Join Dianne, Debra and other industry thought leaders for a break-through conference-based training telesummit coming December 2012Engagement, Retention & Growth: 10 Strategic Solutions for Sustainable Corporate Expansion and Retention.” We expand on and provide the steps to overcome the challenges, find a way through the recession storm, and the possibilities that await each organization as they go from surviving to thriving. Register now for this information-packed summit and save 30%.

The Business Leaders Book Club: Lessons From the Recession

I have recently contributed to a great new book which is available as a free download from www.theebooklibrary.co.uk. The book is called Lessons Learned from the Recession and is the first in a series of books for aspiring and proven Business Leaders around the world. To find out more and share any feedback, check out:
www.thebusinessleadersbookclub.com.

In the book, 60 carefully selected business leaders share their personal experiences of what they have learned from the most recent recession. The chapters are a mix of success stories containing personal stories interwoven with detailed practical advice.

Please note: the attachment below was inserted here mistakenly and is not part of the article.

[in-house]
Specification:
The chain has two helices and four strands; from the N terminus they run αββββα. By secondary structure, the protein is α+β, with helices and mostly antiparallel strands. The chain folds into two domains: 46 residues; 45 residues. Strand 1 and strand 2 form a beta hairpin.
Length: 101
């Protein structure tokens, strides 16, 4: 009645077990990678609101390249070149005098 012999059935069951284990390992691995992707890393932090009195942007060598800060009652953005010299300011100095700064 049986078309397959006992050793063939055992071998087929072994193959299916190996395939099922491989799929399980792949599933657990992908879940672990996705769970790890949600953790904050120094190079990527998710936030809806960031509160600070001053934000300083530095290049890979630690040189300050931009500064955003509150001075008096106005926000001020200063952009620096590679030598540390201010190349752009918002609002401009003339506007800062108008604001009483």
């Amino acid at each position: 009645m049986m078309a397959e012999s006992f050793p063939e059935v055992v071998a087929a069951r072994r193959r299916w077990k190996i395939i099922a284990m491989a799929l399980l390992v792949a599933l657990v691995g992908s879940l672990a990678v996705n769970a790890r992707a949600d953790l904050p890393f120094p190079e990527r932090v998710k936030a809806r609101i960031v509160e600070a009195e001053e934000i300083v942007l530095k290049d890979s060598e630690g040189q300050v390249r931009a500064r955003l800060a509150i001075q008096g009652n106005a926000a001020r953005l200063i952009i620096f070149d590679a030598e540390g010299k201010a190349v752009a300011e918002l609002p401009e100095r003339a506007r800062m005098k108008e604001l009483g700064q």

But as a taster I thought I would share my chapter with you here. I hope you enjoy it and it will inspire you to download and read the other 59 chapters.

The eBook is free to download but if you would like a discounted hard copy of the book, priced at £12.99, then enter BLC1004 at the checkout and you will pay 50% of the SRP.

Please share this blog and code with anyone who’d enjoy this book. Please leave your thoughts or comments  below!


Chapter 5: Retail Knows First

At the time the recession hit, I owned a multi-channel home furnishings business; I was the founder and CEO. The company had started as an internet business in 2001 and in the autumn of 2005 we expanded into a bricks-n-mortar retail storefront.